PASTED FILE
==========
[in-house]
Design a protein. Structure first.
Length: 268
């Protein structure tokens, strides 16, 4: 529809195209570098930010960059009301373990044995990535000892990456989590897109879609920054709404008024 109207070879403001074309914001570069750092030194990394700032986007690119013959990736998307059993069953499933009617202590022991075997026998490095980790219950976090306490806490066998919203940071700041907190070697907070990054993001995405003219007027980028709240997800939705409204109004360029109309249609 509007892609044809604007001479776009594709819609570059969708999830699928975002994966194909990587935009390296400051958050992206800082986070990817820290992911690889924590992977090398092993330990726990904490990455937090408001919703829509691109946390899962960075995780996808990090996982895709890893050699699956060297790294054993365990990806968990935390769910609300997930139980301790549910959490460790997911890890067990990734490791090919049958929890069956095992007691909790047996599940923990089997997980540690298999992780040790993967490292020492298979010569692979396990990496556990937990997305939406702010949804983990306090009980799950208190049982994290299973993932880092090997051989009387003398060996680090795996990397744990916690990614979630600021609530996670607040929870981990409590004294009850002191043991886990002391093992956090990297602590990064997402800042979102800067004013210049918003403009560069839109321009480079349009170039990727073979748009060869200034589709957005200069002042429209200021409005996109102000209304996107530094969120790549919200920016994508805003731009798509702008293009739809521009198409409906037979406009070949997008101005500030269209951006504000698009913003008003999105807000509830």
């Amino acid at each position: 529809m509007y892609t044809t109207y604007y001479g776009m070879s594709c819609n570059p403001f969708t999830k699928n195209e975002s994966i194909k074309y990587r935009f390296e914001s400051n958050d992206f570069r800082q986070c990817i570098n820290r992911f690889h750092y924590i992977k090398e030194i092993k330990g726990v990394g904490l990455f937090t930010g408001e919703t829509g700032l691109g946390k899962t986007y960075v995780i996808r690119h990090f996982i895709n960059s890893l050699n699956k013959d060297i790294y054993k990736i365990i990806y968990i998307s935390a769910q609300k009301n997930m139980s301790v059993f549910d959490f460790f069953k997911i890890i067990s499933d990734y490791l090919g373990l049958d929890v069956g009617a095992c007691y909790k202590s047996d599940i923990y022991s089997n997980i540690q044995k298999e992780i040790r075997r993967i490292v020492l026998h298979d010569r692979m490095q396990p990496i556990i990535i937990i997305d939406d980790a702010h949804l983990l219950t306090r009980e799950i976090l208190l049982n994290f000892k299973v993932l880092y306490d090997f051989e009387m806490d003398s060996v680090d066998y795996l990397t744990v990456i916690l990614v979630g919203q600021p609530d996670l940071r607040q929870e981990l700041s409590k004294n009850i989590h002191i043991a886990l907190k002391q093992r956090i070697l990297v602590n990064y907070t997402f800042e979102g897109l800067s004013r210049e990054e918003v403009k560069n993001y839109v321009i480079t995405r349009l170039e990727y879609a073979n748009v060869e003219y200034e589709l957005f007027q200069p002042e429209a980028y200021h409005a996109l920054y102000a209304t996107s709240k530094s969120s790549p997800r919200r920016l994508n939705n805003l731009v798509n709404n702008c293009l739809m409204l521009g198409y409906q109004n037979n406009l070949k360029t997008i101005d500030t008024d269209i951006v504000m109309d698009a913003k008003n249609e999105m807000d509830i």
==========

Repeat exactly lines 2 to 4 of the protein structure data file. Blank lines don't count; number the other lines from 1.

Design a protein. Structure first.
Length: 268
């Protein structure tokens, strides 16, 4: 529809195209570098930010960059009301373990044995990535000892990456989590897109879609920054709404008024 109207070879403001074309914001570069750092030194990394700032986007690119013959990736998307059993069953499933009617202590022991075997026998490095980790219950976090306490806490066998919203940071700041907190070697907070990054993001995405003219007027980028709240997800939705409204109004360029109309249609 509007892609044809604007001479776009594709819609570059969708999830699928975002994966194909990587935009390296400051958050992206800082986070990817820290992911690889924590992977090398092993330990726990904490990455937090408001919703829509691109946390899962960075995780996808990090996982895709890893050699699956060297790294054993365990990806968990935390769910609300997930139980301790549910959490460790997911890890067990990734490791090919049958929890069956095992007691909790047996599940923990089997997980540690298999992780040790993967490292020492298979010569692979396990990496556990937990997305939406702010949804983990306090009980799950208190049982994290299973993932880092090997051989009387003398060996680090795996990397744990916690990614979630600021609530996670607040929870981990409590004294009850002191043991886990002391093992956090990297602590990064997402800042979102800067004013210049918003403009560069839109321009480079349009170039990727073979748009060869200034589709957005200069002042429209200021409005996109102000209304996107530094969120790549919200920016994508805003731009798509702008293009739809521009198409409906037979406009070949997008101005500030269209951006504000698009913003008003999105807000509830």